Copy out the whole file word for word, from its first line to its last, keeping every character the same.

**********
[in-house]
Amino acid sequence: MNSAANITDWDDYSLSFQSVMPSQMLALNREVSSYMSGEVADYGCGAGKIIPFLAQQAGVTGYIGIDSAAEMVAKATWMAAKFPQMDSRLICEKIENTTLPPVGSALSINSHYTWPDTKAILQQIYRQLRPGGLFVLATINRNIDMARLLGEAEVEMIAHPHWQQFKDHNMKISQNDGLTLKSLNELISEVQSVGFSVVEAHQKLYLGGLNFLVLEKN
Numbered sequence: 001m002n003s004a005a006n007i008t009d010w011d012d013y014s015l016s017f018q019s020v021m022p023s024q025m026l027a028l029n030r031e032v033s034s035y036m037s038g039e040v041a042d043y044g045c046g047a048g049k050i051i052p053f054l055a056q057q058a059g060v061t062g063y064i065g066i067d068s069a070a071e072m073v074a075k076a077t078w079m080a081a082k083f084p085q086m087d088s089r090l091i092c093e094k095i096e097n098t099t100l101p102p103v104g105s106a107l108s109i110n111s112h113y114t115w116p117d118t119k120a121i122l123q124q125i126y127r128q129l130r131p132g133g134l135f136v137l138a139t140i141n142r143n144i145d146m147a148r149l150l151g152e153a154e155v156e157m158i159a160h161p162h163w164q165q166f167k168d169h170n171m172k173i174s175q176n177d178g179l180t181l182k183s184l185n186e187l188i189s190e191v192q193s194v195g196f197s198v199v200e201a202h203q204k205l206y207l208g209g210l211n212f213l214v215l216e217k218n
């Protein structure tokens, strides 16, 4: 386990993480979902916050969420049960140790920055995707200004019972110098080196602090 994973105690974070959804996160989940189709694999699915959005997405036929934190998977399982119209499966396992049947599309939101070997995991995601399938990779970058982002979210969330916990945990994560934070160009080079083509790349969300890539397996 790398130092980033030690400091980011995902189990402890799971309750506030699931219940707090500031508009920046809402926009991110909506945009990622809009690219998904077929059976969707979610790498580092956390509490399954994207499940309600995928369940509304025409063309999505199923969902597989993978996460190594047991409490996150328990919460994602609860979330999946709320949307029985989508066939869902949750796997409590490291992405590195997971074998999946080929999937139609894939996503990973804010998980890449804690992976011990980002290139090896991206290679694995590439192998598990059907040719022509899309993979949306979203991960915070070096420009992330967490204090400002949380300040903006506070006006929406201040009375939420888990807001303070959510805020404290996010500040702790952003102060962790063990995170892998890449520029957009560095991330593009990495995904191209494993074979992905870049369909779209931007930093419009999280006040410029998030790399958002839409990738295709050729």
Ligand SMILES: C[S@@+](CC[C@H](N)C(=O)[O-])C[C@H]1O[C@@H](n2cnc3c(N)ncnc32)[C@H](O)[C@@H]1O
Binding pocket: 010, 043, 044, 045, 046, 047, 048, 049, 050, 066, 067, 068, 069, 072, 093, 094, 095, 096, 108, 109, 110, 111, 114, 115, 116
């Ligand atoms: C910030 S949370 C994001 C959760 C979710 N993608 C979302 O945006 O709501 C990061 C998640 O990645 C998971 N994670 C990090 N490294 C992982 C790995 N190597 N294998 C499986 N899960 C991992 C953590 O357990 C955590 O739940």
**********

[in-house]
Amino acid sequence: MNSAANITDWDDYSLSFQSVMPSQMLALNREVSSYMSGEVADYGCGAGKIIPFLAQQAGVTGYIGIDSAAEMVAKATWMAAKFPQMDSRLICEKIENTTLPPVGSALSINSHYTWPDTKAILQQIYRQLRPGGLFVLATINRNIDMARLLGEAEVEMIAHPHWQQFKDHNMKISQNDGLTLKSLNELISEVQSVGFSVVEAHQKLYLGGLNFLVLEKN
Numbered sequence: 001m002n003s004a005a006n007i008t009d010w011d012d013y014s015l016s017f018q019s020v021m022p023s024q025m026l027a028l029n030r031e032v033s034s035y036m037s038g039e040v041a042d043y044g045c046g047a048g049k050i051i052p053f054l055a056q057q058a059g060v061t062g063y064i065g066i067d068s069a070a071e072m073v074a075k076a077t078w079m080a081a082k083f084p085q086m087d088s089r090l091i092c093e094k095i096e097n098t099t100l101p102p103v104g105s106a107l108s109i110n111s112h113y114t115w116p117d118t119k120a121i122l123q124q125i126y127r128q129l130r131p132g133g134l135f136v137l138a139t140i141n142r143n144i145d146m147a148r149l150l151g152e153a154e155v156e157m158i159a160h161p162h163w164q165q166f167k168d169h170n171m172k173i174s175q176n177d178g179l180t181l182k183s184l185n186e187l188i189s190e191v192q193s194v195g196f197s198v199v200e201a202h203q204k205l206y207l208g209g210l211n212f213l214v215l216e217k218n
């Protein structure tokens, strides 16, 4: 386990993480979902916050969420049960140790920055995707200004019972110098080196602090 994973105690974070959804996160989940189709694999699915959005997405036929934190998977399982119209499966396992049947599309939101070997995991995601399938990779970058982002979210969330916990945990994560934070160009080079083509790349969300890539397996 790398130092980033030690400091980011995902189990402890799971309750506030699931219940707090500031508009920046809402926009991110909506945009990622809009690219998904077929059976969707979610790498580092956390509490399954994207499940309600995928369940509304025409063309999505199923969902597989993978996460190594047991409490996150328990919460994602609860979330999946709320949307029985989508066939869902949750796997409590490291992405590195997971074998999946080929999937139609894939996503990973804010998980890449804690992976011990980002290139090896991206290679694995590439192998598990059907040719022509899309993979949306979203991960915070070096420009992330967490204090400002949380300040903006506070006006929406201040009375939420888990807001303070959510805020404290996010500040702790952003102060962790063990995170892998890449520029957009560095991330593009990495995904191209494993074979992905870049369909779209931007930093419009999280006040410029998030790399958002839409990738295709050729």
Ligand SMILES: C[S@@+](CC[C@H](N)C(=O)[O-])C[C@H]1O[C@@H](n2cnc3c(N)ncnc32)[C@H](O)[C@@H]1O
Binding pocket: 010, 043, 044, 045, 046, 047, 048, 049, 050, 066, 067, 068, 069, 072, 093, 094, 095, 096, 108, 109, 110, 111, 114, 115, 116
């Ligand atoms: C910030 S949370 C994001 C959760 C979710 N993608 C979302 O945006 O709501 C990061 C998640 O990645 C998971 N994670 C990090 N490294 C992982 C790995 N190597 N294998 C499986 N899960 C991992 C953590 O357990 C955590 O739940």